Rogers couple charged in alleged insurance fraud scheme discovered after employee's tree-trimming accident
ROGERS, Minn. (FOX 9) - The owners of a tree-trimming business in Rogers, Minnesota are facing charges for an alleged insurance fraud scheme discovered after one of their employees was injured in an accident last year.
Jerry Gould, 65, owns Gould’s Tree Service and his wife, Lorraine Gould, 62, works for the company.
According to the charges, on the morning of March 21, 2018, Jerry and his employee, Will Hamer, were trimming trees at a home in Rogers. Jerry was using a remote control to maneuver a lift near the icy embankment in the backyard when he lost control of the lift and it slid down the hill, taking the two men with it.
The lift overturned in a partially frozen pond, trapping Jerry and Hamer underneath.
Jerry was able to free himself, but Hamer remained trapped. The water was up to his nostrils. When emergency crews arrived, first responders held Hamer’s head out of the water while others worked to free him.
Emergency crews extracted Hamer after 30 minutes in the frigid water. He suffered a hyperextended neck and required multiple surgeries for his pelvis, arm and shoulder. He also suffered anxiety and post-traumatic stress from the accident.
Hamer later told police about the Gould’s employment and record-keeping practices, which prompted the Minnesota Commerce Fraud Bureau to open an investigation into possible workers’ compensation fraud by the company.
During their investigation, agents from the Minnesota Commerce Fraud Bureau discovered the Goulds were intentionally underreporting their payroll costs to the company that provided them workers’ compensation insurance through the state’s Assigned Risk Plan in order to drive down their premiums.
The investigation also found that when Lorraine sent the insurance company a “First Report of Injury” form about the accident, she intentionally lied about Hamer’s wages, hours worked and status, claiming he was part-time when he was actually a full-time employee.
The insurance company used that incorrect information to calculate the amount Hamer was to be paid by workers’ compensation. As a result, he received half of what he should have received for workers’ compensation from the accident, missing out on $4,286 over four months.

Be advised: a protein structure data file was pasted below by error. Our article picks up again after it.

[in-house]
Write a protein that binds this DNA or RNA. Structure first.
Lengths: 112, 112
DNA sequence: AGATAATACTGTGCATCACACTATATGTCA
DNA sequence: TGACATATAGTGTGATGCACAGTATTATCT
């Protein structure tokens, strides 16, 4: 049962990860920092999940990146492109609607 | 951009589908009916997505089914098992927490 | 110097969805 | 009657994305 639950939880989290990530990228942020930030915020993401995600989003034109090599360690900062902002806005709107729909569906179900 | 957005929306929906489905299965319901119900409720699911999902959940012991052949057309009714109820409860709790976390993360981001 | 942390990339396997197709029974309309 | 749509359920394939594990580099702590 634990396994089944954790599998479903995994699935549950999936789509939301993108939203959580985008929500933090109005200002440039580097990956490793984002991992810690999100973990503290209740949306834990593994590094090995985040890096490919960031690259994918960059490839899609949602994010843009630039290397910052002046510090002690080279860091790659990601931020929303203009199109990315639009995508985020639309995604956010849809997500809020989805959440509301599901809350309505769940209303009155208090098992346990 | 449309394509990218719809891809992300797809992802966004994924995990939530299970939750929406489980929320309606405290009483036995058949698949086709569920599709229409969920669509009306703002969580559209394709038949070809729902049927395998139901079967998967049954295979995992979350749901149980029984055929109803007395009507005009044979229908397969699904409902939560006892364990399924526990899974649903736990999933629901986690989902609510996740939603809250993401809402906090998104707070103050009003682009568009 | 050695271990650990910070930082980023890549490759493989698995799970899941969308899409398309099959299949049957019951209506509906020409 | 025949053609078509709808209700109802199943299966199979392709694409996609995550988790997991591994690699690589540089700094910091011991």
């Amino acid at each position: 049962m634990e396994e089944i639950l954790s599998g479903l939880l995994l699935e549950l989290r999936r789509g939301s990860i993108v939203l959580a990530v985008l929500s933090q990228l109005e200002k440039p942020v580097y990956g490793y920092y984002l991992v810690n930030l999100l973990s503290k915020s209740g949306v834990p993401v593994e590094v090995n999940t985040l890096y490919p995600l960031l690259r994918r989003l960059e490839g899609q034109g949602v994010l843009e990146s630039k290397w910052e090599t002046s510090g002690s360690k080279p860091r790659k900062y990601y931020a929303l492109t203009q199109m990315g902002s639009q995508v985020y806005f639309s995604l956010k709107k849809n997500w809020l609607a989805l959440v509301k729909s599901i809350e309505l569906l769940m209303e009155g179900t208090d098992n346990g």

“I still have nightmares everyday… everyday,” said Will Hamer.
Physically Will Hamer is doing better, but still can't work and occasionally still needs his walker or wheelchair following the tree trimming accident that nearly killed him back in March of 2018 in Rodgers.
“When the accident happened he turned his back and went the other way,” says Hamer.
According to the charges, the Gould's misrepresented payroll information for employees when filing the 2017 taxes. Then the accident happened, and Hennepin County prosecutors believe the Gould’s attempted to correct their books before they got caught. That's also around the time Hamer's boss sent him this check which didn't make sense.
Hamer has made sure to save every single timecard through decades of making a living doing manual labor.
“You trust your boss to do the correct actions,” says Angela Fairbanks, Hamer’s longtime partner. “When something like this happens to expect everything to just be there, and when it’s not it feels like you are freefalling.”
Between multiple surgeries for the injuries to his pelvis, shoulder, clavicle, and back. Hamer and Fairbanks have been fighting to support their family of five. They've gone from Hamer making $900 dollars every week, part paid in cash part by paycheck, to battles over workman’s comp and now living off $347 every two weeks.
Meanwhile they worry Jerry Gould continues to be a danger to others as his tree trimming work continues.
“I had a problem with him smoking marijuana on the job. that’s what we got into an argument about. I was going to quit the job,” says Hamer. “ We were cutting down trees on these wealthy people’s houses. These people don’t know this individual is high on the job. I’m in sobriety. He’s jeopardizing my sobriety. I have 15 years of sobriety.”
The new charges and ten thousand dollars’ worth of fines from OSHA don't include anything about drug use Hamer witnessed, but now they are looking forward to facing the Gould's in court.
“I just hope he learns from this mistake,” says Hamer “You know you are putting people’s lives in danger.. this is serious.”
Jerry and Lorraine were charged by summons with one count each of insurance fraud and theft by swindle. They will make their first court appearance on Jan. 3.